Milk Supply Agreements
The following resources help farmers interpret the Dairy Industry Code of Conduct.
These resources can be used with templates developed by the ADF and ADPF, and help farmers work through important legal and operational considerations for their farm business when negotiating contracts, and outline the terms that needed in a compliant milk supply agreement.
We also included talking points for contract discussions that farmers can use when negotiating contracts with processors.
Milk Supply Agreement checklist 1PDF, 172.23 KB
Milk Supply Agreement checklist 2PDF, 217.42 KB
Talking points for contract discussionsPDF, 543.83 KB
The Milk Value Portal and the Farmgate Milk Value Tool
The Milk Value Portal (MVP), developed by the Australian Dairy Products Federation, was created to provide farmers with a deeper understanding and transparency of farmgate milk prices.
The MVP is your gateway to understanding the many factors that shape your milk price and how they might influence decision-making next time you sign a milk supply agreement.
The Farmgate Milk Price Tool in this portal enables dairy farmers to assess the current value of their milk based on location, farm size, calving pattern, milk quality and components.
In combination with details from your processor, the Farmgate Milk Price Tool creates a weighted average milk value for a farm like yours and shows you all the milk prices available from different milk processors in your region. However, it won’t give you a specific milk price offer.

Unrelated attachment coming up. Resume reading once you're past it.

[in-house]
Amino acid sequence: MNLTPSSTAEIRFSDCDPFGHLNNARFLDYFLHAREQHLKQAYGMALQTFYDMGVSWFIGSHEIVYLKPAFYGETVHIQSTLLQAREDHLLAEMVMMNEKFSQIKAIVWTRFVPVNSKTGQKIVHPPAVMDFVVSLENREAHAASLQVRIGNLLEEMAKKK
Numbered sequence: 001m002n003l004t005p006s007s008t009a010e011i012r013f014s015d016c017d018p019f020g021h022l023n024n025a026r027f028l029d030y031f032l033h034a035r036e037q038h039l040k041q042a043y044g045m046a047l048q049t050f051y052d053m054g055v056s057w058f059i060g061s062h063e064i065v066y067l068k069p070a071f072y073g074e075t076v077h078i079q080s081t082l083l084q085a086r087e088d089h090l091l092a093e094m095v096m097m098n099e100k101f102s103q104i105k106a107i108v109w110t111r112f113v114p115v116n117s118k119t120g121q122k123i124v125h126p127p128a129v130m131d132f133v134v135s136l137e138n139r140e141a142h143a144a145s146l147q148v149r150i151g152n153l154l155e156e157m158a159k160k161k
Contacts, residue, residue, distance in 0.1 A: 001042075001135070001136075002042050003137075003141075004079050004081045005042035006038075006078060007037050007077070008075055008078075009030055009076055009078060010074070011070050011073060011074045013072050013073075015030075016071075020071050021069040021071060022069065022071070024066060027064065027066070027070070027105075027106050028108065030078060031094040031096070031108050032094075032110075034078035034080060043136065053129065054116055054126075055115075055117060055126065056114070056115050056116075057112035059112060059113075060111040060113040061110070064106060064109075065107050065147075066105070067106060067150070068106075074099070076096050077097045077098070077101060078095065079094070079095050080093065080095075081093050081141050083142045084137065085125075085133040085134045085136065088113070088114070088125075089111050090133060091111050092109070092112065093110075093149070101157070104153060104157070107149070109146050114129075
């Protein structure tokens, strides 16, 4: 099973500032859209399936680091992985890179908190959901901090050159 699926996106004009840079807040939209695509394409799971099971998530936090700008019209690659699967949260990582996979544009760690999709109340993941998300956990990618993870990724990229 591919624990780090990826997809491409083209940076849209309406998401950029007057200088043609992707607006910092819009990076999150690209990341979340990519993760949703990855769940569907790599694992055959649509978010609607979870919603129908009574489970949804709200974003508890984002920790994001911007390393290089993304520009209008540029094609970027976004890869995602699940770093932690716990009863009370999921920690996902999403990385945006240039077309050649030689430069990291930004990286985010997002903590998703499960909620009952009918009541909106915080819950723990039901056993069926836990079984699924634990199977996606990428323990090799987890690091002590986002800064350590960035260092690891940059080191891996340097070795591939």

This tool also allows you to see how changes of seasonality supply could affect your milk price.
The Dairy Industry Code of Conduct
The Dairy Industry Code of Conduct (also known as the Mandatory Code, or the Code) aims to improve the clarity and transparency of trading arrangements between dairy farmers and processors.
Under the Code, which came into effect on 1 January 2020, dairy farmers and processors are given specific protections and obligations.
All Milk Supply Agreements (MSAs) between suppliers and processors that are created, varied or renewed this year are subject to the Code. All MSAs, no matter when they were entered into, must be compliant with the Code from 1 January 2021.
The Australian Competition and Consumer Commission (ACCC) is responsible for enforcement of the Code and investigates alleged breaches.
The ACCC has developed a fact sheet intended to help dairy farmers understand their rights and obligations under the Code.
Click here to find the ACCC factsheet: ‘What the dairy code means for farmers’.